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Interview with

Josiane Lima

Name: Josiane Lima
Nationality or Ethnicity: Brazilian
Where do you live?: Hortolândia, Brazil
Languages: Portuguese, English and French, German*, Swedish*, Italian*, Spanish* and Esperanto*


Member since:


1. What’s your story? How did you get into all these languages?

I  was exposed to different kinds of accents in my native language  (Portuguese) at a really early age. I was born in the North of Brazil,  Pará. When I was about 1 year old I moved to São José do Rio Preto in  the Southeast of Brazil and then I moved again, this time to Hortolândia  in the same region at the age of 12. Moving made me realize that there  are plenty of varieties when it comes to language. In this context at  the age of 12 I decide to start learning the closest foreign language to  me at that moment and it was English as I used to listen to lots of  music in English. The process got me to become even more interested in  languages, so when I was around 15 I started learning German and French.  By then I also started teaching English at a language school, where I  got to know people who were really into foreign languages as well,  therefore we engaged into other languages together such as Swedish,  Esperanto and Mandarin. After getting to know these languages I started  teaching other ones besides English and by then I began to wonder what  cognitive and psychological processes were involved in language  learning. That lead me to choose linguistics as my major at the  university (Unicamp). My goal was to approach language in a rather  formal way to understand how we are capable of producing and recognizing  language.

2. Which language(s) do you wish you could spend more time practising?

I wish I could spend more time with the languages I don’t practise daily due to my routine.

3. What are some languages you’d like to learn in the future?

I’m  really curious about Russian because it would be the first language I  would have to deal with an unfamiliar alphabet and some indigenous  languages especially from Brazil because it would help me to understand  my mother tongue better. Afterwards there will be many others certainly.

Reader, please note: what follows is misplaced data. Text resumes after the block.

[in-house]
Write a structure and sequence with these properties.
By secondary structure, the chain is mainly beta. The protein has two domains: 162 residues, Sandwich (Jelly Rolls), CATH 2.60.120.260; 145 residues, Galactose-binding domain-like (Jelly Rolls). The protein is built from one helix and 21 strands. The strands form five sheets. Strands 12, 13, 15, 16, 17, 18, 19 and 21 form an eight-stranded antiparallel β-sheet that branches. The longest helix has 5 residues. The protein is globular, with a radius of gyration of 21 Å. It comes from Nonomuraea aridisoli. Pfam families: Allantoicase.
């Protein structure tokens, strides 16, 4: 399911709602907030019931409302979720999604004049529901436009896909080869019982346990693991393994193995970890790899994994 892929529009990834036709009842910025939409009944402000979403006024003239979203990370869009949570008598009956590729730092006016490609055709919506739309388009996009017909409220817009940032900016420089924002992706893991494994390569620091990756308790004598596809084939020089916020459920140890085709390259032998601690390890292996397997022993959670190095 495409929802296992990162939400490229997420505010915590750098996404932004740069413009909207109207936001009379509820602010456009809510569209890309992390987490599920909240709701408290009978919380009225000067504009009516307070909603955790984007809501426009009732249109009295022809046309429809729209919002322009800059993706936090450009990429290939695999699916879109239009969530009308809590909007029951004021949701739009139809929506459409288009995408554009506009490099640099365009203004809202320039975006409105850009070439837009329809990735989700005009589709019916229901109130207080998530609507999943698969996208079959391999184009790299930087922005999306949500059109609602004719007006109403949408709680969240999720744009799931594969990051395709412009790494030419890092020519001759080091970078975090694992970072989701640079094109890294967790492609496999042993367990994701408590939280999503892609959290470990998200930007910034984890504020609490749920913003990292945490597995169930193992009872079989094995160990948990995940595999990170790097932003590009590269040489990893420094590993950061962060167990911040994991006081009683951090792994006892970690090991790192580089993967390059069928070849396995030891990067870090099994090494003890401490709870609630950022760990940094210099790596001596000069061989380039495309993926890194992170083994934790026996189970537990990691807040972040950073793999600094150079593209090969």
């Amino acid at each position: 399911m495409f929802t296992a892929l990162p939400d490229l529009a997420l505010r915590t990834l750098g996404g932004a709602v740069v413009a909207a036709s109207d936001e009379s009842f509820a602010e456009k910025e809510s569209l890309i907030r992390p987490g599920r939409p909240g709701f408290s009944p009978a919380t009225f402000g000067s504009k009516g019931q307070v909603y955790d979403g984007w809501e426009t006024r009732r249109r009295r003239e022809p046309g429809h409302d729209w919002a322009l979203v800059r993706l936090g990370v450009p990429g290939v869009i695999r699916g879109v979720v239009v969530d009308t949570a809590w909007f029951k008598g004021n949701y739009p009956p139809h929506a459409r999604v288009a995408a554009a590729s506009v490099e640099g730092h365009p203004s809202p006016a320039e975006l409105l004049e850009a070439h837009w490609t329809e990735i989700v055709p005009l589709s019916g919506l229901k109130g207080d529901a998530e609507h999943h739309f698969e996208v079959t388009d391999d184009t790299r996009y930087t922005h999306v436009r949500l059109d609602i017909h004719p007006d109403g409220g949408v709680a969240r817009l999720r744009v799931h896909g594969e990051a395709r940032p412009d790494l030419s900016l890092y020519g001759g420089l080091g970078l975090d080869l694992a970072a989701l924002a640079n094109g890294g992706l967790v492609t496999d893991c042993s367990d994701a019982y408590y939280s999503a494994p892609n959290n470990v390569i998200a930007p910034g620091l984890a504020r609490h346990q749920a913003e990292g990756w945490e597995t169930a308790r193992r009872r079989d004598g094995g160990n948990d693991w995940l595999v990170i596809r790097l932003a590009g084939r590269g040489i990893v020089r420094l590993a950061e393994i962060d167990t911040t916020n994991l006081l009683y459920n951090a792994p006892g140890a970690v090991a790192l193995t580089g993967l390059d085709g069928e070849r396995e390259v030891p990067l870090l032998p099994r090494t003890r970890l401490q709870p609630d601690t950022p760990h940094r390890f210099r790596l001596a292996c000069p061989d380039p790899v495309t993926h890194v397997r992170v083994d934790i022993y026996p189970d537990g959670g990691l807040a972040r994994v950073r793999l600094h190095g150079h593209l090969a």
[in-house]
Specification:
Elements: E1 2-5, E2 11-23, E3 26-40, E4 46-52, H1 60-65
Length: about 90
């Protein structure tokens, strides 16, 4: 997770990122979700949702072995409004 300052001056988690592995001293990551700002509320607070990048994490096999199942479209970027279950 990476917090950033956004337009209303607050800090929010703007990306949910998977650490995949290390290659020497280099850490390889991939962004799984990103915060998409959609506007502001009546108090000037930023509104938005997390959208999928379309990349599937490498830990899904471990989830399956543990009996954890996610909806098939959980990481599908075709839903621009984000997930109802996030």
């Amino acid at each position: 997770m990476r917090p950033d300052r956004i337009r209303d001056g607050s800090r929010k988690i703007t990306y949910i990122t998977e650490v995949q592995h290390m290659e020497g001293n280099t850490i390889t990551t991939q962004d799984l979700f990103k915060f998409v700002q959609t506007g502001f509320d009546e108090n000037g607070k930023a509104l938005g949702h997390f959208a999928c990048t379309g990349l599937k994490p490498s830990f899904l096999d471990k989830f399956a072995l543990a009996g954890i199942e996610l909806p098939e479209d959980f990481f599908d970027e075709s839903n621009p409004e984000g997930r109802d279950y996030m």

4. So let’s be honest, what’s the sexiest language?

I really think that would be French to my ears. Russian and Italian would definitely come right after.

5. What’s the greatest pleasure you get from speaking so many languages?

Cultural  knowledge and getting to know people from all over the world for sure.  Learning a new language for me it’s like finding a piece of myself in  other cultures. People just make it even better through communication.

6. Some people say the world is really just going to have a few languages left in a 100 years, do you think this is really true?

Many factors lead to this conclusion. I find it sad to believe that the cultural aspects of all these languages could be lost.

7. What is your message to young (and not so young) people out there who are interested in studying multiple languages?

I  can only encourage you to do so and have fun with all the curiosities  you’re about to find in your journey. There’s a huge world out there and  I see language as the best way to bond with people, their culture and  even places. Just go for it and find out what the globe has to offer  you. The process will also help you to know yourself better and I’m sure  you’ll be amazed by all the advantages of learning. The best part is  that there’s always something interesting we can explore.

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